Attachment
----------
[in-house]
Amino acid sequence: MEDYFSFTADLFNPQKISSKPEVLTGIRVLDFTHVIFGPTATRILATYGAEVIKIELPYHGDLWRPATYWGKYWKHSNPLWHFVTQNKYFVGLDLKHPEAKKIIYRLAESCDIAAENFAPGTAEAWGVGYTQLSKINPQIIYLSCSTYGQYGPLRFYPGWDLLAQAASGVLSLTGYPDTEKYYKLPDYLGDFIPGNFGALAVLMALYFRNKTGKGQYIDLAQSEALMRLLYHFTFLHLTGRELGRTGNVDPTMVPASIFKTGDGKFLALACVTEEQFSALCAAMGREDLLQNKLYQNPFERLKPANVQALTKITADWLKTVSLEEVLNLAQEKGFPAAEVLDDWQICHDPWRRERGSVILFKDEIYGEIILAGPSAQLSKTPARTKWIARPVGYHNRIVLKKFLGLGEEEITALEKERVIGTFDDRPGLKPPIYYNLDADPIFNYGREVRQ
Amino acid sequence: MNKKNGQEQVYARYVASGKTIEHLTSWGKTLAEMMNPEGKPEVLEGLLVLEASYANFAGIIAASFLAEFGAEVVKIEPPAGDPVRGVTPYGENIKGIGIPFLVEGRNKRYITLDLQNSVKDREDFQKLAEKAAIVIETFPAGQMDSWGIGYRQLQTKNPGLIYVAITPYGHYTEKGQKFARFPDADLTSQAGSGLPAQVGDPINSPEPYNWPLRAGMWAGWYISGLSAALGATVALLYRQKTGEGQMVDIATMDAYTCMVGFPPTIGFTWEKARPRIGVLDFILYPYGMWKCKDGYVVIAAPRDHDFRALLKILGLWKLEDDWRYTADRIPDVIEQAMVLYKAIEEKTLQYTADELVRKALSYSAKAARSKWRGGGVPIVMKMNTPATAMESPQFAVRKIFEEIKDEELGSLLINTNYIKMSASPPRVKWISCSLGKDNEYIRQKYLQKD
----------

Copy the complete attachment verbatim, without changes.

[in-house]
Amino acid sequence: MEDYFSFTADLFNPQKISSKPEVLTGIRVLDFTHVIFGPTATRILATYGAEVIKIELPYHGDLWRPATYWGKYWKHSNPLWHFVTQNKYFVGLDLKHPEAKKIIYRLAESCDIAAENFAPGTAEAWGVGYTQLSKINPQIIYLSCSTYGQYGPLRFYPGWDLLAQAASGVLSLTGYPDTEKYYKLPDYLGDFIPGNFGALAVLMALYFRNKTGKGQYIDLAQSEALMRLLYHFTFLHLTGRELGRTGNVDPTMVPASIFKTGDGKFLALACVTEEQFSALCAAMGREDLLQNKLYQNPFERLKPANVQALTKITADWLKTVSLEEVLNLAQEKGFPAAEVLDDWQICHDPWRRERGSVILFKDEIYGEIILAGPSAQLSKTPARTKWIARPVGYHNRIVLKKFLGLGEEEITALEKERVIGTFDDRPGLKPPIYYNLDADPIFNYGREVRQ
Amino acid sequence: MNKKNGQEQVYARYVASGKTIEHLTSWGKTLAEMMNPEGKPEVLEGLLVLEASYANFAGIIAASFLAEFGAEVVKIEPPAGDPVRGVTPYGENIKGIGIPFLVEGRNKRYITLDLQNSVKDREDFQKLAEKAAIVIETFPAGQMDSWGIGYRQLQTKNPGLIYVAITPYGHYTEKGQKFARFPDADLTSQAGSGLPAQVGDPINSPEPYNWPLRAGMWAGWYISGLSAALGATVALLYRQKTGEGQMVDIATMDAYTCMVGFPPTIGFTWEKARPRIGVLDFILYPYGMWKCKDGYVVIAAPRDHDFRALLKILGLWKLEDDWRYTADRIPDVIEQAMVLYKAIEEKTLQYTADELVRKALSYSAKAARSKWRGGGVPIVMKMNTPATAMESPQFAVRKIFEEIKDEELGSLLINTNYIKMSASPPRVKWISCSLGKDNEYIRQKYLQKD